As the Byzantine Empire was in decline, Islam began to dominate the Middle East, with a remarkable culture that showed a command of technology and an appreciation of art and decoration, research by archaeologists shows.
In order to study Islamic civilization in its earliest days, Donald Whitcomb, who directs the Islamic Archaeology project at the Oriental Institute, is undertaking a project with Palestinian colleagues to further excavate an early Islamic site north of Jericho that contains a palace, a bathhouse and what was probably a settlement to the north.
Whitcomb excavated the site at Khirbet Al-Mafjar last winter and will return in January as part of a joint archaeological project that will include Americans and Palestinians. The team already has uncovered a gate and a stairway that led to a residential town to the north, where the team uncovered an ornamental pool surrounded by white mosaic paving, glass vials, lamps and other artifacts.
Modern interpretations of ‘iconic site’
The site, also known as Hisham’s Palace (Qasr Hisham) has been excavated since the 1930s, but Whitcomb has challenged some of the conventional wisdom about earlier digs at the site.
“The site is iconic. It has wonderful mosaics, including a famous one called ‘The Tree of Life,’ which was probably associated with the ruling caliph. On one side of the tree are two deer, which probably represent peace under the caliph, and on the other is a deer attacked by a lion, which probably represents life without the caliph’s rule,” he said.
The mosaic, as well as a wonderfully colored floor, is from the rule of caliph Hisham and his nephew caliph Walid, from the period of 724 to 747. Early scholars contended that the palace and bath were only used during that period, but Whitcomb’s careful reading of the artifacts has shown that the site was occupied much longer — possibly as late as 1300.
It was that discovery that helped provide him a chance to join the expedition. “During international meetings in Rome in 2008, the Palestinian director of antiquities, Dr. Hamdan Taha, approached me and exclaimed, ‘Whitcomb, I have proven you correct!’” Taha had done a small excavation that revealed clear evidence of later occupations.
Taha eventually invited Whitcomb to join the project. Whitcomb and graduate student Michael Jennings took along iPads, which became an invaluable tool to record and analyze the artifacts the Americans and Palestinians discovered.
“The joint Palestinian-American project begins a model for research and training,” said Taha. “This will lead to a more precise stratigraphic history of the site and an understanding of the spatial relationship between the palace and the town.”
Gil Stein, director of the Oriental Institute, said the Mafjar project is “highly innovative in pioneering the use of advanced technologies,” such as the iPad to improve the quality, speed and cost-effectiveness of excavations.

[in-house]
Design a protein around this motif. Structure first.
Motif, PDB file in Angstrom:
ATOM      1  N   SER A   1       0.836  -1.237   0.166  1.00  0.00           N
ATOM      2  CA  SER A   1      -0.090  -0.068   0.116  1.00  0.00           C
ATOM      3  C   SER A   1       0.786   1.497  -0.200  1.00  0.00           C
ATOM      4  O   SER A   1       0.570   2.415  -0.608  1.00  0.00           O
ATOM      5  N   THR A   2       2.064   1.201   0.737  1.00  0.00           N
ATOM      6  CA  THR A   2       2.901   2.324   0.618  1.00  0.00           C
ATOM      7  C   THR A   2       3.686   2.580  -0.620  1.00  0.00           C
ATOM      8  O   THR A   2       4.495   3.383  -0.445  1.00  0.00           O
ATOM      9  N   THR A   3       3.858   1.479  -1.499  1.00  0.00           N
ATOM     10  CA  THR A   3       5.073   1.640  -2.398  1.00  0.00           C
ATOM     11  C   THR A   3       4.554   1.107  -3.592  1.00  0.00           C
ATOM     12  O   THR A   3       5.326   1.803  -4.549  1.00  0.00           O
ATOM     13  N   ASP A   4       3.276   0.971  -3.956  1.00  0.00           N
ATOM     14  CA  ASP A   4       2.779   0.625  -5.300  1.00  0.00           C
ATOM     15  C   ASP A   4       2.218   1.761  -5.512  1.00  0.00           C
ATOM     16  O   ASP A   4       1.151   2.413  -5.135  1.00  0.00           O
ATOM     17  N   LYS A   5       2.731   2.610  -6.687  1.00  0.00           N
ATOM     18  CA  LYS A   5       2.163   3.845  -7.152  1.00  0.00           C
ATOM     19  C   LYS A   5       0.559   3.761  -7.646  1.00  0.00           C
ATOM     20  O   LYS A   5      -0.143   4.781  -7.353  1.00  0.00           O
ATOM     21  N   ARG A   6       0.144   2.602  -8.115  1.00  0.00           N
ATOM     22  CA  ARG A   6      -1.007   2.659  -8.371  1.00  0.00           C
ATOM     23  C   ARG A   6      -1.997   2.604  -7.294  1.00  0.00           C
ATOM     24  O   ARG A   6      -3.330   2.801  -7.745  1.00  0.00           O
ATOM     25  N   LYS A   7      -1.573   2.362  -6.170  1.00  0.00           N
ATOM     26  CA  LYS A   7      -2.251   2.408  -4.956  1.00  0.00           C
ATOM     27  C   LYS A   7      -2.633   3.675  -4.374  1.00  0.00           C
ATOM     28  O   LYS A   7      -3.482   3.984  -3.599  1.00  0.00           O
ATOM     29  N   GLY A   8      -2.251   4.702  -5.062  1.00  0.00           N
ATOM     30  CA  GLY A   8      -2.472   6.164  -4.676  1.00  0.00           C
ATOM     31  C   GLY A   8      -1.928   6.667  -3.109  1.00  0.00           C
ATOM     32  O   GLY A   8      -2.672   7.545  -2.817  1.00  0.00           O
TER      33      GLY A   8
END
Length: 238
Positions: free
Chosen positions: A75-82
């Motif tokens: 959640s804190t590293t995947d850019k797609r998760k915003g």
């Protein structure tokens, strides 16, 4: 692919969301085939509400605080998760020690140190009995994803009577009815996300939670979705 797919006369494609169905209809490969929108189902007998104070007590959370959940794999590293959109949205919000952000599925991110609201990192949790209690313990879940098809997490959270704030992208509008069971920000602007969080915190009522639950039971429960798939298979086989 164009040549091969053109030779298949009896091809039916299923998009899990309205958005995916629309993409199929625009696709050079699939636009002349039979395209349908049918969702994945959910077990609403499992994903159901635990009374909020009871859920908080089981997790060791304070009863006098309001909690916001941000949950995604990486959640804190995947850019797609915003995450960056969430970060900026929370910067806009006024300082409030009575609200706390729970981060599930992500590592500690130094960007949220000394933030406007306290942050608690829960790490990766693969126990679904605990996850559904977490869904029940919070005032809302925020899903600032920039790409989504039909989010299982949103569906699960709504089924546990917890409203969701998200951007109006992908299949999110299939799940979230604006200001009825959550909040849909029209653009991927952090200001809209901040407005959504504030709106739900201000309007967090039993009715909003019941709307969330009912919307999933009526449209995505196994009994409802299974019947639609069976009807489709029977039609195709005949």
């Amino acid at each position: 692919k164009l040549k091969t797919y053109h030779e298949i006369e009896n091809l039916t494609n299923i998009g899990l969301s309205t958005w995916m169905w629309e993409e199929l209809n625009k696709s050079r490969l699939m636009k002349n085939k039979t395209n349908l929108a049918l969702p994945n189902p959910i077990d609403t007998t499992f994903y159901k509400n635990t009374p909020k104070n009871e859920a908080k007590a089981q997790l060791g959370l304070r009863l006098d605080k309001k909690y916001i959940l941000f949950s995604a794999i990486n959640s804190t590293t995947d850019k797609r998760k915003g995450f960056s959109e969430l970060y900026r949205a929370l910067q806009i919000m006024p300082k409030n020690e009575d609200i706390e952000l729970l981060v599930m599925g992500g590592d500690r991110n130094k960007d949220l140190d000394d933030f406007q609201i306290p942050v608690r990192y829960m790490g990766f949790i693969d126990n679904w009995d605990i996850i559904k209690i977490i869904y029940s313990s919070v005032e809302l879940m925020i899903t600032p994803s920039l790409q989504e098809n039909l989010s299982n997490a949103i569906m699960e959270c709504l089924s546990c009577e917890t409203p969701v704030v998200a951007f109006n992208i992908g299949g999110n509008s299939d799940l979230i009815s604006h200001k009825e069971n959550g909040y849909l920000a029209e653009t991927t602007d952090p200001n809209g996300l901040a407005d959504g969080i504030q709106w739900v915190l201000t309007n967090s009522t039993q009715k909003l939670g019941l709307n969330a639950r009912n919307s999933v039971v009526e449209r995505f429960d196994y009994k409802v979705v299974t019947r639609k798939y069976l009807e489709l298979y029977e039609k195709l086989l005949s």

“Most archaeologists count on spending 10 hours in the lab for every hour spent digging. Paperless archaeology will not only cut our lab time in half, but it also will allow us to analyze our data so quickly in the field that we can see patterns and adjust the way we excavate almost immediately,” Stein said.
Artifacts reveal tolerance toward imagery
Khirbet al-Mafjar was built in the first dynasty of Islamic rule, in a lush valley watered by abundant springs. Nearby Jericho is 850 feet below sea level and is reputed to be the lowest city in the world — a sub-tropical environment of palms, citrus fruits, bananas and lush vegetation.
The city, which is celebrating 10,000 years of settlement, is an oasis in an otherwise dry terrain. The current city grew up south of an ancient city that has a prominent place in the Bible as the scene of a battle Joshua celebrated in song and legend.
The work of the joint Palestinian-American team will uncover evidence of what kind of trade and agriculture could have sustained Khirbet al-Mafjar and the region around it, which would have included Jericho.
Some of the artifacts uncovered by other teams show that the period at the immediate beginning of Islam had a more tolerant attitude toward images than was later the case. This was also a time of tolerance as Christian and Islamic communities lived side by side.
As has been noted at other early Islamic sites, the taboos against showing images of animals, such as those of the deer in The Tree of Life, was not yet in effect. The bath, which in some ways reflects a Roman style, was decorated with statues of loosely clad women, something later forbidden in Islam.
By finding other examples of the products of technology, trade and agriculture, the team will better be able to explain the culture that was the foundation for Islamic civilization.
– By William Harms
*Source: The University of Chicago